COVID-19 vaccines are here. Now we just have to get them to people.
So far, several COVID-19 vaccines have been around the word. Thanks to a worldwide research effort spurred by a global public health crisis, no vaccine has ever been developed so quickly. But as the vaccine development effort goes on, the world now faces another challenge: actually getting those vaccines to the people who need them. So, how’s that going?
Well, it’s complicated. Fortunately, Our World in Data, a data visualization project based out of University of Oxford, has you covered. The project collects data on a variety of measures of the COVID-19 crisis, like cases, death, and hospitalizations, but its newest set, started in mid-December, provides a whole host of fascinating vaccination data in stunning clarity and detail. It’s drawn from public data collected by a variety of government sources and presented in different forms, from maps to bar charts to line graphs.
The data can of course give you numbers that you may have heard — roughly 9 million total doses of the vaccine administered in the United States, for example. But it can also show that we’re almost neck and neck with China, or how few doses of the vaccine the United Kingdom has administered compared to us (about 2.7 million).
The number of vaccinations alone can be misleading, since there’s a huge variation in countries’ populations, and therefore how many people must get vaccinated. So the data that the site provides on vaccinations per 100 people might be more useful. This would be a percent of the population vaccinated if each person got one dose, but because the vaccines mostly require two doses, it’s not that simple. But the numbers still show how well a country is doing; Israel, for instance, has given over 20 vaccine doses for every 100 residents. The other countries furthest ahead in vaccinations per 100 people also have small populations, like the United Arab Emirates and Bahrain. The UK is right ahead of the U.S. Our World in Data also recently added data for a few countries on how many people have received at least one vaccine dose, both in total and a true percentage of the population. But so far it’s almost identical, since so few people have received a second dose.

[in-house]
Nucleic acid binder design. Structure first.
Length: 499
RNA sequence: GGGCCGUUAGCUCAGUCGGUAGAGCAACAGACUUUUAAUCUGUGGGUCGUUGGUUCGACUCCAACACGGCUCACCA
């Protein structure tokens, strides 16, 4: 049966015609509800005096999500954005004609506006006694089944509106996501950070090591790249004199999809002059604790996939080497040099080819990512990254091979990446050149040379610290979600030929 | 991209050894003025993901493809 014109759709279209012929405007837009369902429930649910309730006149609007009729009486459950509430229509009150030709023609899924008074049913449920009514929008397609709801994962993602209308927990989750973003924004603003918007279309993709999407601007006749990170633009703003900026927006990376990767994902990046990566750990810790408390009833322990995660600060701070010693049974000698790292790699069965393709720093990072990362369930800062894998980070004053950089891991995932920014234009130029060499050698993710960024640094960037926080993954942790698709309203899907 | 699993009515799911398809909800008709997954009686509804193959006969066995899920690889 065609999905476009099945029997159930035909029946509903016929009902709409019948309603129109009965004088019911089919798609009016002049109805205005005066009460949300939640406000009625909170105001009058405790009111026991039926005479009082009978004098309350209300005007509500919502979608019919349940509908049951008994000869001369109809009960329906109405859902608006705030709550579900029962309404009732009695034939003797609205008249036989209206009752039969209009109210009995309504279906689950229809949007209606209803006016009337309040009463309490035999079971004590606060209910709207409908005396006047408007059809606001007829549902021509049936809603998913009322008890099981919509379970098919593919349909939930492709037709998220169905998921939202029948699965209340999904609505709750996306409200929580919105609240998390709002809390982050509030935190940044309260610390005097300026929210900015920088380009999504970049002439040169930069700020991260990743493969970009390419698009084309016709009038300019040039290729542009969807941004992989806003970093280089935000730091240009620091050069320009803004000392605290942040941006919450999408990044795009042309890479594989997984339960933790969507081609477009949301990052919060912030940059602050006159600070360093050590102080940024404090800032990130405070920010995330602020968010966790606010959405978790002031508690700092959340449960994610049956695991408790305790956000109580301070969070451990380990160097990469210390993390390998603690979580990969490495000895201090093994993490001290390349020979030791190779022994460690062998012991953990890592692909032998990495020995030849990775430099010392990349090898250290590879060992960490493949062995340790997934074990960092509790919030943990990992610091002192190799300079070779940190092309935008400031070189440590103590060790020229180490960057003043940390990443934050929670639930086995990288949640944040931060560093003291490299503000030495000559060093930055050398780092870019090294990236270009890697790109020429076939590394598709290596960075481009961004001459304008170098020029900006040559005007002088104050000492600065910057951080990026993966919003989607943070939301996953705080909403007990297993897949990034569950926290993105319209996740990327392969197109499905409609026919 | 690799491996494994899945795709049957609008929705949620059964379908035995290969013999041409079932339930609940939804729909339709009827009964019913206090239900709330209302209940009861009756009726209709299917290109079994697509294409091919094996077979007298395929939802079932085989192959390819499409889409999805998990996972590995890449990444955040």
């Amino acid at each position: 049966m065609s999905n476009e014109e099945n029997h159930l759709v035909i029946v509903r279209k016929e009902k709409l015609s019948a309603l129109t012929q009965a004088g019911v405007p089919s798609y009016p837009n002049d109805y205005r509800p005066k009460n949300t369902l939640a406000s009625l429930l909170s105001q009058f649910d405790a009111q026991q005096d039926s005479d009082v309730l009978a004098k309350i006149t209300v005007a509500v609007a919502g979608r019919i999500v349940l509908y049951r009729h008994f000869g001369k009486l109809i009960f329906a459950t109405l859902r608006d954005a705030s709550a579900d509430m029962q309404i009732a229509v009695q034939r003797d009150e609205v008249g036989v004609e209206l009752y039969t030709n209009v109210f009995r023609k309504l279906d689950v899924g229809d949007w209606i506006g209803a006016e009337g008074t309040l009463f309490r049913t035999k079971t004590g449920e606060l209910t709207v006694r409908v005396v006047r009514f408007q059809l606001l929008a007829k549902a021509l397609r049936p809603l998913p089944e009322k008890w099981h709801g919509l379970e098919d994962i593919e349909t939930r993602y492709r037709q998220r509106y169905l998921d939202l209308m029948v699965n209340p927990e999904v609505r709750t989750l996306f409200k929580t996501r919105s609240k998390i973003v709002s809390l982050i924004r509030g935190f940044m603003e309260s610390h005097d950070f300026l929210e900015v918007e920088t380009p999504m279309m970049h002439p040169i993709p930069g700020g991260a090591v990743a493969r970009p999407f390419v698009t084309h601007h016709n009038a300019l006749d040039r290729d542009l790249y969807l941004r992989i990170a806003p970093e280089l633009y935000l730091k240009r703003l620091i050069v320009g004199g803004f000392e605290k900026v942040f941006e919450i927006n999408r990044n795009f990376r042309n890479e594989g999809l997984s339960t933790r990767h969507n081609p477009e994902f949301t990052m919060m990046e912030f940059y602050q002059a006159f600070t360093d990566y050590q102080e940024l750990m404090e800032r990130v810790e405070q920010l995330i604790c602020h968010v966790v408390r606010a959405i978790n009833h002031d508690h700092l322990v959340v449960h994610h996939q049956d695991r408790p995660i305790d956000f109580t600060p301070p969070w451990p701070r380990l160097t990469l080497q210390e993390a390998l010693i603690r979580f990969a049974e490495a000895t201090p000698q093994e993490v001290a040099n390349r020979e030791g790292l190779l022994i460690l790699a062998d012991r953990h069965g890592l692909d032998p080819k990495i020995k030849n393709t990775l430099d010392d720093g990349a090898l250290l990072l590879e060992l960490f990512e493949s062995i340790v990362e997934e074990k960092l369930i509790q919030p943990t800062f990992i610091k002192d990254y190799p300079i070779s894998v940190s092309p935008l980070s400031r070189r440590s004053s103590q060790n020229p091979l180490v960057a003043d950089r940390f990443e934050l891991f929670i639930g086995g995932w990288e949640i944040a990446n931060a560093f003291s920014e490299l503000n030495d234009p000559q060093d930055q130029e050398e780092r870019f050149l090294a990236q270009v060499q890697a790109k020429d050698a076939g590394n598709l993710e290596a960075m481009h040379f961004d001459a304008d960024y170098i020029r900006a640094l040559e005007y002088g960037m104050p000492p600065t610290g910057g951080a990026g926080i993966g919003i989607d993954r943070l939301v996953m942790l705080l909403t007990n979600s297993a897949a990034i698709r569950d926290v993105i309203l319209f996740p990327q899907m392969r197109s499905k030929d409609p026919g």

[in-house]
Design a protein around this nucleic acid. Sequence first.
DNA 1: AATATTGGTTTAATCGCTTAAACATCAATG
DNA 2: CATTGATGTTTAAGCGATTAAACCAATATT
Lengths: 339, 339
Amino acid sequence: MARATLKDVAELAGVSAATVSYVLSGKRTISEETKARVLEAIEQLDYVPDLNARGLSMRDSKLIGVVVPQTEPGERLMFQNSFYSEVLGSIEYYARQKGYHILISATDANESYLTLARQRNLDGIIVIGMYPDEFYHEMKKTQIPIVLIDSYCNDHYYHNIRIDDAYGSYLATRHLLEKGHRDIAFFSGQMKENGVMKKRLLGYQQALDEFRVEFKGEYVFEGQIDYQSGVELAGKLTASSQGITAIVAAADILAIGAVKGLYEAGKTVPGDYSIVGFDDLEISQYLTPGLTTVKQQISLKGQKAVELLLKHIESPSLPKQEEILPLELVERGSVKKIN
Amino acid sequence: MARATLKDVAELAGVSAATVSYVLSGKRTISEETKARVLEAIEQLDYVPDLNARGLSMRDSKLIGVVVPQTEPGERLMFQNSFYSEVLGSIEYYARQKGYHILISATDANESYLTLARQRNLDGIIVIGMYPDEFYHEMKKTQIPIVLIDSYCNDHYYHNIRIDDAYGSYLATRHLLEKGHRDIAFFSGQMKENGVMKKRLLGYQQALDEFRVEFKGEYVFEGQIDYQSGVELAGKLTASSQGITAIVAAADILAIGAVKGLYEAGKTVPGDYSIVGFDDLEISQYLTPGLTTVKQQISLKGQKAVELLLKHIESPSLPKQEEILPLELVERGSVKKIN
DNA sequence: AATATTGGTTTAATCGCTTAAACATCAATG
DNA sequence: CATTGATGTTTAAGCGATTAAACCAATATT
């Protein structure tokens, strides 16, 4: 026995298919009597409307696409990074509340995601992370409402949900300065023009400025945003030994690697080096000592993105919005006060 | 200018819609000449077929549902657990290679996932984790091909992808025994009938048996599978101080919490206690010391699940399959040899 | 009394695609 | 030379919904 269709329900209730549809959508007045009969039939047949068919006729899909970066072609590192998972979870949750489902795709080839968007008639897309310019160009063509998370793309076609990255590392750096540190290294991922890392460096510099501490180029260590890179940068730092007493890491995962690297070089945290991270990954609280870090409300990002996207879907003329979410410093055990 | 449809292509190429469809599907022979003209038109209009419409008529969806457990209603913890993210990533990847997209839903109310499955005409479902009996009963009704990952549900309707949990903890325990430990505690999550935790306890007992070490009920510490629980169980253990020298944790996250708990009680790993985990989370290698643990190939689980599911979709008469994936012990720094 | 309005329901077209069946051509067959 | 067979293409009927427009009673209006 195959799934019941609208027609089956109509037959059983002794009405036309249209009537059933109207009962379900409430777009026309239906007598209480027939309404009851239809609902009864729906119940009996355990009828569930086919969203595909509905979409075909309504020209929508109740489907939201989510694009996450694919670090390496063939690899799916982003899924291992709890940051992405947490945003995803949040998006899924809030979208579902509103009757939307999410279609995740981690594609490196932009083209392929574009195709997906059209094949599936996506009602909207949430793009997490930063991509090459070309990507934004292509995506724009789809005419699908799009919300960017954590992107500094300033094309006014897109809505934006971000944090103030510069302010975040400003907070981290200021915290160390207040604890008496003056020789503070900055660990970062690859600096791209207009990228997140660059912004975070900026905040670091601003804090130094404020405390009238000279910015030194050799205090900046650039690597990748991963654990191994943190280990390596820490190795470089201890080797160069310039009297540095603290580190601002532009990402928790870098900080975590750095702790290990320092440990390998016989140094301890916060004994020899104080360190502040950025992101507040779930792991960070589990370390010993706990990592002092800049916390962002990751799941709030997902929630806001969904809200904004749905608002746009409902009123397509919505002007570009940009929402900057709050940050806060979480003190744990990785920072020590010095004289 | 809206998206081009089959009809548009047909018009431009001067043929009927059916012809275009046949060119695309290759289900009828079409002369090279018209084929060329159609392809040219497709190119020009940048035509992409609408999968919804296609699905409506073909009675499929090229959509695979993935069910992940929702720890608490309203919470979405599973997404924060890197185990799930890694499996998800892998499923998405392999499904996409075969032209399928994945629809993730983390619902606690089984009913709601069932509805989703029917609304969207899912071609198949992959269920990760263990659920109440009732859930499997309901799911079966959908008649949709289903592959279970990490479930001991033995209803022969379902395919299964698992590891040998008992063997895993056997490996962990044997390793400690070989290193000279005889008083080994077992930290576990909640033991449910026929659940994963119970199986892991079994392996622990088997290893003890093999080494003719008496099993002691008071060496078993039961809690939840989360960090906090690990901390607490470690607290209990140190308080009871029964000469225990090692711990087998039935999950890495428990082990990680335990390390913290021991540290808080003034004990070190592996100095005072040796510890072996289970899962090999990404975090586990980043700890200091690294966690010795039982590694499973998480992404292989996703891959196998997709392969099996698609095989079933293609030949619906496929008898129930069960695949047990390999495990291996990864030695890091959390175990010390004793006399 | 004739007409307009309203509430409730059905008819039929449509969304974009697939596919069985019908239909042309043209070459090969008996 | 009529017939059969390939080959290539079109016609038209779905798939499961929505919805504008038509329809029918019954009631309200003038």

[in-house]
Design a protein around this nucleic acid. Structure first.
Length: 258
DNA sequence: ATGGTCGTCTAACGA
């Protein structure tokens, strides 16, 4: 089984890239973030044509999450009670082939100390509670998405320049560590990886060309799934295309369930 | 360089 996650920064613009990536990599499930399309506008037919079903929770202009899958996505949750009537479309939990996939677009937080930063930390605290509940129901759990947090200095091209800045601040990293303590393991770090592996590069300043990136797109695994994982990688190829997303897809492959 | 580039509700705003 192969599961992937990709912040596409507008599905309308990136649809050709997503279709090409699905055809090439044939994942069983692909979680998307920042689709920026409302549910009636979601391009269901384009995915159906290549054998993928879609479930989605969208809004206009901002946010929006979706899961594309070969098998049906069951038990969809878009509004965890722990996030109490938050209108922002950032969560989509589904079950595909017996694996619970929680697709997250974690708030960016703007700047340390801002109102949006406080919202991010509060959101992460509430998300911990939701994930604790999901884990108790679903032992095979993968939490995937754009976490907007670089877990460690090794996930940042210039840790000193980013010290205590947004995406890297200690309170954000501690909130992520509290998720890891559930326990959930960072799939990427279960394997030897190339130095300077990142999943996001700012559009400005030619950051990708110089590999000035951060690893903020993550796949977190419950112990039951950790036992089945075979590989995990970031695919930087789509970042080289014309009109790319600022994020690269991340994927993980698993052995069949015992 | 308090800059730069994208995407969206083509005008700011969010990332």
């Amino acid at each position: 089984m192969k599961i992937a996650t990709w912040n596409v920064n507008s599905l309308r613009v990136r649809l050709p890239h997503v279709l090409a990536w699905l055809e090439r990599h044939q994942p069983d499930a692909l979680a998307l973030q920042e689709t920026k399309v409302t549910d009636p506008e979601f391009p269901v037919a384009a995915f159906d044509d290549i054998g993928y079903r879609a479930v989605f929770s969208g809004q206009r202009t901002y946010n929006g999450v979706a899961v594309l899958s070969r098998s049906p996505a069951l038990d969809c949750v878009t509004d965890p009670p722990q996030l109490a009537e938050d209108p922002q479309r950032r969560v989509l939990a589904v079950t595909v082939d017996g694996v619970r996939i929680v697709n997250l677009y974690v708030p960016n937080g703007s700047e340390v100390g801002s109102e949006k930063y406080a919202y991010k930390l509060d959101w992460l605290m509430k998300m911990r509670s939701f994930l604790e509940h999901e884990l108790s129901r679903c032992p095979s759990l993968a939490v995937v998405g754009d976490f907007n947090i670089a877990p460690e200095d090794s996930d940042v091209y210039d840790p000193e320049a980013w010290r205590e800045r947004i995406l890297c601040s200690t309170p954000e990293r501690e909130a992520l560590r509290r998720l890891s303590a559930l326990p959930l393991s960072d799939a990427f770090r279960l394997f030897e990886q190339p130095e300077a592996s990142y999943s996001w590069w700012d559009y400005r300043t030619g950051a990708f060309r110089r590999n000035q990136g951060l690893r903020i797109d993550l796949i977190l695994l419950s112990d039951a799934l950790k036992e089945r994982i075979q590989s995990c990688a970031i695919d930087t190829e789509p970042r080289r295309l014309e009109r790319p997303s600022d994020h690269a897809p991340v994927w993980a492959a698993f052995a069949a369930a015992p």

Then there’s daily vaccinations. Right now, the U.S. leads the world, giving over 600,000 shots every day, shortly followed, once again, by China. But you can also see another rate — daily vaccinations per 100 people. Despite the hundreds of thousands of people vaccinated daily, the U.S. gives just 0.2 doses for every 100 people. Clearly, we have a long way to go.
Other countries are facing a far more uphill battle. Countries like Mexico and Chile, for instance, have vaccinated a minuscule percentage of their populations, and Guinea has barely given enough vaccine doses to register. China leads the world in vaccine doses but hasn’t vaccinated much of its vast population. It’s also obvious how much of the data is missing. Almost all of Africa is blank on the page’s maps, and much of South America also has no numbers yet. Even India has no data, although the country has approved two and has many densely populated areas.
Of course, the world is only in the very beginning stages of vaccination. A map at the bottom of the page shows that almost every country represented is vaccinating only its most vulnerable residents, like healthcare workers and older people. But the data also makes it clear how far we’ve come. You can drag a simple bar at the bottom of each graph and go back in time, watching worldwide vaccinations shoot up from 1.5 million in mid-December to the over 28 million doses today, just a month later. We have a long road ahead, but as these charts show us, we’re on our way.
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